In 2012, FLAC published Not Fair Enough: Making the Case for Reform of the Social Welfare Appeals System, which analysed “the compliance of the existing appeals system with both domestic and international human rights law”. That report recommended that:
- “Social welfare application forms should be simplified and made more readily accessible and easier to use. The forms should be set out so as to make it as clear as possible to applicants what information is required to process their claims, and to obtain all necessary information at the outset.”
- “The appellant should be informed that he or she can request an oral hearing. A specific option should be prominently displayed on the social welfare appeal form to indicate this possibility and the significance of an oral hearing should be explained.”
- “Appellants and their representatives should be given access to any previous decisions which may be relevant to their case. An anonymised searchable database should be established and made available to the public by the Social Welfare Appeals Office as recommended by the UN Special Rapporteur on Extreme Poverty and Human Rights following her visit to Ireland in January 2011.”
- “All appeals, whether decided following an oral hearing or based on written evidence only, should be finalised within a reasonable period of time. Steps must be taken to reduce the current delays in the appeals process while at the same time ensuring that all appeals are properly considered and decided.”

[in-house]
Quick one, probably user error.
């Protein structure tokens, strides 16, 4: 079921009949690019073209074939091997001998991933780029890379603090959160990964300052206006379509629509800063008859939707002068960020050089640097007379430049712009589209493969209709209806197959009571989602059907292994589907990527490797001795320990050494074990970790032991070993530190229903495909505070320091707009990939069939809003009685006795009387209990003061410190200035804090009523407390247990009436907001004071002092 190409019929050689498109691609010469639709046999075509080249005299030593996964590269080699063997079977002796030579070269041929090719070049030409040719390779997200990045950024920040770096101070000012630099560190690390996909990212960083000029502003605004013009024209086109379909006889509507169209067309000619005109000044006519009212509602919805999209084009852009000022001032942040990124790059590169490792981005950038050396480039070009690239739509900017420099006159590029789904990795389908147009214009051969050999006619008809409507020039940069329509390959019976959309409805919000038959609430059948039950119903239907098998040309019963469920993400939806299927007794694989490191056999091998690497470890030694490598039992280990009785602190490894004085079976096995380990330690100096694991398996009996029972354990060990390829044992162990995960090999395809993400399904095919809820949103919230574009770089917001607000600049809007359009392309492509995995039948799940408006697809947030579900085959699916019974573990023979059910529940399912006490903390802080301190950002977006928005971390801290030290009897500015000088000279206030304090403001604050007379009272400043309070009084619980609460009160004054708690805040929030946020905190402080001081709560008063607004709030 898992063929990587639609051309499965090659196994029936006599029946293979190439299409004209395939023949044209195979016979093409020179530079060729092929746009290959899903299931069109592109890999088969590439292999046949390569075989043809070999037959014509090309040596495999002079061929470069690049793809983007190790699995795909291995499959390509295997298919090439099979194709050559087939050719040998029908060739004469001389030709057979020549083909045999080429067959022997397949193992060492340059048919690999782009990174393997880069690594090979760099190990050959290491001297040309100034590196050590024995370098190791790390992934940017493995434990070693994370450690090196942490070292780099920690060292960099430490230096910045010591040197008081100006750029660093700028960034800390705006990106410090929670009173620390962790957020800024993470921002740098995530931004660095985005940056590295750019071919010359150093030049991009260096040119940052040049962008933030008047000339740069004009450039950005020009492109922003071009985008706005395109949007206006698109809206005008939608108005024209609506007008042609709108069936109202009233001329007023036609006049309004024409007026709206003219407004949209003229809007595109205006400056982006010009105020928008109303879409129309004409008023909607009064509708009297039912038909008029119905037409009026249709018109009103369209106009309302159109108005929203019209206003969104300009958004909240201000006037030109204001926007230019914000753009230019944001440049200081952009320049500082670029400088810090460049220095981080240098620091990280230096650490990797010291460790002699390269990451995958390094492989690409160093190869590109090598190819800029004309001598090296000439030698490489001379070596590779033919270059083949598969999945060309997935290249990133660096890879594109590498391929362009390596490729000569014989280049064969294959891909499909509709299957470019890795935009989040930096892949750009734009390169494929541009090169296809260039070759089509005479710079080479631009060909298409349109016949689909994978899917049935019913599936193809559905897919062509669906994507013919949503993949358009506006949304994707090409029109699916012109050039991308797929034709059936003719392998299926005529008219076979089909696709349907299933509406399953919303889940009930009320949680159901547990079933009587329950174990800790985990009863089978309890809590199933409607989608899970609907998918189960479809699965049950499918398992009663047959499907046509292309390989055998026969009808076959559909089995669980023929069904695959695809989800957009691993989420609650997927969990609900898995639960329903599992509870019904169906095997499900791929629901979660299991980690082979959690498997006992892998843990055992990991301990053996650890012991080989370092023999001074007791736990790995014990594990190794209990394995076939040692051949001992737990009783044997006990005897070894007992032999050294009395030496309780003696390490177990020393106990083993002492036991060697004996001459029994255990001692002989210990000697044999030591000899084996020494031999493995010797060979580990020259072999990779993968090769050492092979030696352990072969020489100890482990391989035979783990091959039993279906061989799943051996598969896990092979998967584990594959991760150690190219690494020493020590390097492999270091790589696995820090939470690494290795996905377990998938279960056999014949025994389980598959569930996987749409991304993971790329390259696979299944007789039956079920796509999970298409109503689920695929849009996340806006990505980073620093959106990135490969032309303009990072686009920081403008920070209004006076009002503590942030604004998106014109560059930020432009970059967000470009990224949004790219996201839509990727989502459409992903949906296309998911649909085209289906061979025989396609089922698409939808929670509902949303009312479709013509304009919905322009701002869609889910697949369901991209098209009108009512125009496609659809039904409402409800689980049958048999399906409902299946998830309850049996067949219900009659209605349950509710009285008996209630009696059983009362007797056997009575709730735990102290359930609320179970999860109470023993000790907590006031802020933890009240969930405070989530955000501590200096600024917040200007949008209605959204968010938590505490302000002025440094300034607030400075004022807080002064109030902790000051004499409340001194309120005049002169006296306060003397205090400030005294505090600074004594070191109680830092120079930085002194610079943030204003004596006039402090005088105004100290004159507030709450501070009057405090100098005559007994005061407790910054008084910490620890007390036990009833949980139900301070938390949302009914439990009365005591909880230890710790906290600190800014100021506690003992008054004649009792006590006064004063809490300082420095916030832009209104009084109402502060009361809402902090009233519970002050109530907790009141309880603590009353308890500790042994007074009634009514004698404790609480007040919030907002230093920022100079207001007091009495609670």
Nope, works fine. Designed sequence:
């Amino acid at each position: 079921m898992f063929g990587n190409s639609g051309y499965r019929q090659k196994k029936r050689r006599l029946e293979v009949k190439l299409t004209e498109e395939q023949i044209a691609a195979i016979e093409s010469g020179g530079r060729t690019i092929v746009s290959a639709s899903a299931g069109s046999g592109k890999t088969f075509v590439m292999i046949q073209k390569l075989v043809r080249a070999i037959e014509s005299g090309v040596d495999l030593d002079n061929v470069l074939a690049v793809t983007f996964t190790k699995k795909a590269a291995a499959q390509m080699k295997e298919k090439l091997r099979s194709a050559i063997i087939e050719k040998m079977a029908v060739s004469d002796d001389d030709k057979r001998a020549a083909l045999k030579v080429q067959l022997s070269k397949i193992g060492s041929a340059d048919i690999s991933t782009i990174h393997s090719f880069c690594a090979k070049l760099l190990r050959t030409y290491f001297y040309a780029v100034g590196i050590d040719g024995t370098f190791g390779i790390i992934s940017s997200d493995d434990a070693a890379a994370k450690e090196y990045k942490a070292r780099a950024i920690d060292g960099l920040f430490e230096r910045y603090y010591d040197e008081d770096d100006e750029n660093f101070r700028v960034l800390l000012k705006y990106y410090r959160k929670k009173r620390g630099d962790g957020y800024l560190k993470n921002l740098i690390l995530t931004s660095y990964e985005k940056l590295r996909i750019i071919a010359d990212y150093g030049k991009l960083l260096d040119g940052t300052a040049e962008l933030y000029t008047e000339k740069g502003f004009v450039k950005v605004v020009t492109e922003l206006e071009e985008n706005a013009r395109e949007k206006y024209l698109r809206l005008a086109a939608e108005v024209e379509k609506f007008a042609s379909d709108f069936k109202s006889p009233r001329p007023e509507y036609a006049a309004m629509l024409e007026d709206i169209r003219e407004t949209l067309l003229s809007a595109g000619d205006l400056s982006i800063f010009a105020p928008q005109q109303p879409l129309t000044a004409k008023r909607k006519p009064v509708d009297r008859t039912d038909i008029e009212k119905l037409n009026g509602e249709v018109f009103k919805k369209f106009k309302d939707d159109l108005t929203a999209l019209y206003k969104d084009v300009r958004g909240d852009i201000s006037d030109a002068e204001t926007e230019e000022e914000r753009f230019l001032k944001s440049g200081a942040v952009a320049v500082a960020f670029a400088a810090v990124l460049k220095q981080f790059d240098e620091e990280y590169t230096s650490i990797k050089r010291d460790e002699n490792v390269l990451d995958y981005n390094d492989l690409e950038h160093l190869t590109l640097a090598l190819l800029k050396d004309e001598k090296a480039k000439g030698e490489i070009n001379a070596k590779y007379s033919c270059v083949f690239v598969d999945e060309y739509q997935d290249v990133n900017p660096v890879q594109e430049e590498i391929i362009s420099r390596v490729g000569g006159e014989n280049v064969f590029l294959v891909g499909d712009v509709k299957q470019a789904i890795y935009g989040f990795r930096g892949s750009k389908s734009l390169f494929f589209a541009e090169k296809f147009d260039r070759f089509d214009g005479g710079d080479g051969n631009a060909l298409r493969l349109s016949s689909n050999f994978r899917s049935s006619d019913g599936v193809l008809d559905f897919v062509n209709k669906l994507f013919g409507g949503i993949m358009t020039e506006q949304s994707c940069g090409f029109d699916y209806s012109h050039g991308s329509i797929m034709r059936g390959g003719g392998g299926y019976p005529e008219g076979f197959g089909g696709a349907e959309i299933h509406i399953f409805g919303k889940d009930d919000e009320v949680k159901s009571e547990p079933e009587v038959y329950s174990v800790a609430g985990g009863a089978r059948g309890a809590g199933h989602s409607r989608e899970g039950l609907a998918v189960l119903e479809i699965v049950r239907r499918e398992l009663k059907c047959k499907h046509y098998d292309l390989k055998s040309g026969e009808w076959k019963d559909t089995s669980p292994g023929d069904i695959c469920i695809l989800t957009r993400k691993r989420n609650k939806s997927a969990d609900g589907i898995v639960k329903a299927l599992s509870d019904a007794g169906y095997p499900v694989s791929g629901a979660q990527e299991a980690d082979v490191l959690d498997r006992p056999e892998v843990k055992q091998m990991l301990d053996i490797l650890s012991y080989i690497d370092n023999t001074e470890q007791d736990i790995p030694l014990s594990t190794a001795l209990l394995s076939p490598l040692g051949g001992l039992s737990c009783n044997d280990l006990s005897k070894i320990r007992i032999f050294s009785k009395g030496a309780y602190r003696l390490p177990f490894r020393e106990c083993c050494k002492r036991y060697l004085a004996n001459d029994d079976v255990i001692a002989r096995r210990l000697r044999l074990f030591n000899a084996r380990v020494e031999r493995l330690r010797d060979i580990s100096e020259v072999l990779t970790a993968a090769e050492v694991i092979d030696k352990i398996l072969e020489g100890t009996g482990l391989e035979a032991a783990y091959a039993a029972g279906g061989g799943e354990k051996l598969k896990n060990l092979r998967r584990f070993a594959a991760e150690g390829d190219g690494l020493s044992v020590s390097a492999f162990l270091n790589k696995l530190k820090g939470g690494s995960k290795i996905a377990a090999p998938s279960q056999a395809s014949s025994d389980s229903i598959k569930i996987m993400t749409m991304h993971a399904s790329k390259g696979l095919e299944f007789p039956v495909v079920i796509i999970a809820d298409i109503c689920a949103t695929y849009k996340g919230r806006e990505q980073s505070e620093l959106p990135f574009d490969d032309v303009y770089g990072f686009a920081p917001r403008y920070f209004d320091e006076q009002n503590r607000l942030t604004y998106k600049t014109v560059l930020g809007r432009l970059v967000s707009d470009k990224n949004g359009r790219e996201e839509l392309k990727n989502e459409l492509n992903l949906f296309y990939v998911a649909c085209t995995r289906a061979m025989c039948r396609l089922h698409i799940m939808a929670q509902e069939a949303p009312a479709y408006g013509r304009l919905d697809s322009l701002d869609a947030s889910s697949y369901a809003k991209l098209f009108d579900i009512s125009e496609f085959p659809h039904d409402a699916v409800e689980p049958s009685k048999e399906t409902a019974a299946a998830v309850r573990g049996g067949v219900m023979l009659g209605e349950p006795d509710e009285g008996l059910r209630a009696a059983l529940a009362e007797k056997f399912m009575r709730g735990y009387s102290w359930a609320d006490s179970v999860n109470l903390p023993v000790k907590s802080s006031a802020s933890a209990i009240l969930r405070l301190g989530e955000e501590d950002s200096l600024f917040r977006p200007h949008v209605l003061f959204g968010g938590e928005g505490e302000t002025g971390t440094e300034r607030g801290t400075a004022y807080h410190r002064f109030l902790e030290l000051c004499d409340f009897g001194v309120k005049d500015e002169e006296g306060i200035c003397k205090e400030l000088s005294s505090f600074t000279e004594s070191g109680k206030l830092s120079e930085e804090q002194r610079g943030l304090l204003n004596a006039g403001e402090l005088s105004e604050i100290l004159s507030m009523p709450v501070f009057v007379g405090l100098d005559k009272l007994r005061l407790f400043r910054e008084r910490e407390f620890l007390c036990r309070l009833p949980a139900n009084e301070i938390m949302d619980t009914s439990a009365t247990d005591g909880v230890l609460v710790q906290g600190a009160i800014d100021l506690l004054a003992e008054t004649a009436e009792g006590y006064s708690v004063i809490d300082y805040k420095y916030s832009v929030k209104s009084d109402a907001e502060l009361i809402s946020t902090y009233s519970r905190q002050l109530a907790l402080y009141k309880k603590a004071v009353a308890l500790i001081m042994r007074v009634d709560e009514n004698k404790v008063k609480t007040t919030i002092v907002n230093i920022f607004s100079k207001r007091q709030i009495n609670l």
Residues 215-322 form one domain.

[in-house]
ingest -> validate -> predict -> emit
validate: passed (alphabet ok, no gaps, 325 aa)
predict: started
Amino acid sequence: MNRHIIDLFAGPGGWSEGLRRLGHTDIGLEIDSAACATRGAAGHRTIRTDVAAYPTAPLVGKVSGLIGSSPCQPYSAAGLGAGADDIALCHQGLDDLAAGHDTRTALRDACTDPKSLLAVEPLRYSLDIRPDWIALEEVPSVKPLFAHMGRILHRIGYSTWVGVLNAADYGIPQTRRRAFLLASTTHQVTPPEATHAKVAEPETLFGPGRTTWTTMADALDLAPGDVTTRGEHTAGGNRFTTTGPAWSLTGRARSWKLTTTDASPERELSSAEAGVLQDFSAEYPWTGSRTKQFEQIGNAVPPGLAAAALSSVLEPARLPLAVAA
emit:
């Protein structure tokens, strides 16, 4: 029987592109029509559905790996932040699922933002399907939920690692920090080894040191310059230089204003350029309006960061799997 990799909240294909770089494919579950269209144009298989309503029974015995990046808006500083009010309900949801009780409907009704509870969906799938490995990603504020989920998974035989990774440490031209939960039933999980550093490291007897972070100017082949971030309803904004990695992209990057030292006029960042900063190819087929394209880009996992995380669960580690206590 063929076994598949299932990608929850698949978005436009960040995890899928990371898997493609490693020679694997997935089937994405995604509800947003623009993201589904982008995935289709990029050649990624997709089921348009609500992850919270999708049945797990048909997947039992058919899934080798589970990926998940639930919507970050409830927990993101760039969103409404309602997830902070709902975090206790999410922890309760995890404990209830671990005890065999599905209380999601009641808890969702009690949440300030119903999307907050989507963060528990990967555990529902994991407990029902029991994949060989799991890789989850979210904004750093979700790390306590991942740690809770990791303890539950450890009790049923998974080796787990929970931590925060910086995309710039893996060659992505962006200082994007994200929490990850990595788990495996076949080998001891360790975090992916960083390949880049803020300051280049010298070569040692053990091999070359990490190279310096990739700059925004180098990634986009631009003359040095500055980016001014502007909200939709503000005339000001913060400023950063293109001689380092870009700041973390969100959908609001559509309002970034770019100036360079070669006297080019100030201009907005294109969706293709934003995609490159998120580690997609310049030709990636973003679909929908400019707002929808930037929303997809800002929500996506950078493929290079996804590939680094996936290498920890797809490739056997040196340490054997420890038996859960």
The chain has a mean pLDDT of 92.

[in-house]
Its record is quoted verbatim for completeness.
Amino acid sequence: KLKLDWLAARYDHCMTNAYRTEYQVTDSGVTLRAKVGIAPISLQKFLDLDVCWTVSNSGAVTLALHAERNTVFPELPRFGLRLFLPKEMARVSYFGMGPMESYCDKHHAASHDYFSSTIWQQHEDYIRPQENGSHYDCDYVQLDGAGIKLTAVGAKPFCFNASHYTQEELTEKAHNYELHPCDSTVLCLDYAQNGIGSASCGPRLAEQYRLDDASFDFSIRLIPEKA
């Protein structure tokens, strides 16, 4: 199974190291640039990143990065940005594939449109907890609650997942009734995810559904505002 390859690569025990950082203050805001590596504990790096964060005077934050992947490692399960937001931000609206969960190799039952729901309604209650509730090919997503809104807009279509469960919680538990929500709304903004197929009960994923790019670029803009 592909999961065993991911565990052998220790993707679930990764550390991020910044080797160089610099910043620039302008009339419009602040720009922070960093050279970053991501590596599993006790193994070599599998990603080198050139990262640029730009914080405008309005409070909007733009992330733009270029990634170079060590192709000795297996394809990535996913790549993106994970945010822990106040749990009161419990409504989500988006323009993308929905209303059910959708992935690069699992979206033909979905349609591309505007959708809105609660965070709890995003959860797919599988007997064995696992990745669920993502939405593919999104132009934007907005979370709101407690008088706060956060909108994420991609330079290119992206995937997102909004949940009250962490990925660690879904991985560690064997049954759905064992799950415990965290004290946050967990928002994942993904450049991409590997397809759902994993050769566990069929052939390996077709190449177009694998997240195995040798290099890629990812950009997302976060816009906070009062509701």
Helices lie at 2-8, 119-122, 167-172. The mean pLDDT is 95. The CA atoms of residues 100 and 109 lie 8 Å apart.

In addition to Ireland’s obligations under international and regional human rights instruments, section 42 of the Irish Human Rights and Equality Commission Act 2014 (“the Public Sector Equality and Human Rights Duty”) requires public bodies to protect human rights and promote equality in the provision of public services. These obligations, do not necessarily conflict with the desire to achieve value for money and efficiency in the provision of public services. Indeed, it is hoped that the above analysis illustrates that, in some circumstances, the promotion of one aim may complement the other.
A 2020 report by JUSTICE and the Administrative Justice Council on “reforming benefits decision-making” in the UK noted that the economic arguments for “getting benefits decision-making right first time” are twofold. First, fewer resources are spent “dealing with challenges to decisions”. Second, investment in improved first instance decision-making “will likely result in significant public sector savings… including improved health outcomes for claimants and therefore savings to health and social care and fewer resources spent by councils on temporary accommodation and homelessness prevention”.
In 2021, FLAC was awarded grant funding by the Irish Human Rights and Equality Commission to prepare a report which examines social welfare decision-making from a fair procedures, human rights and equality perspective. As well as examining the social welfare appeals process, that report will analyse decision-making in the first-instance, and decisions made on foot of internal reviews and social welfare investigations. That report is expected to be published during 2022. Further, the Law Reform Commission’s current Programme of Law Reform will examine the reform of non-Court adjudicative bodies such as the Social Welfare Appeals Office.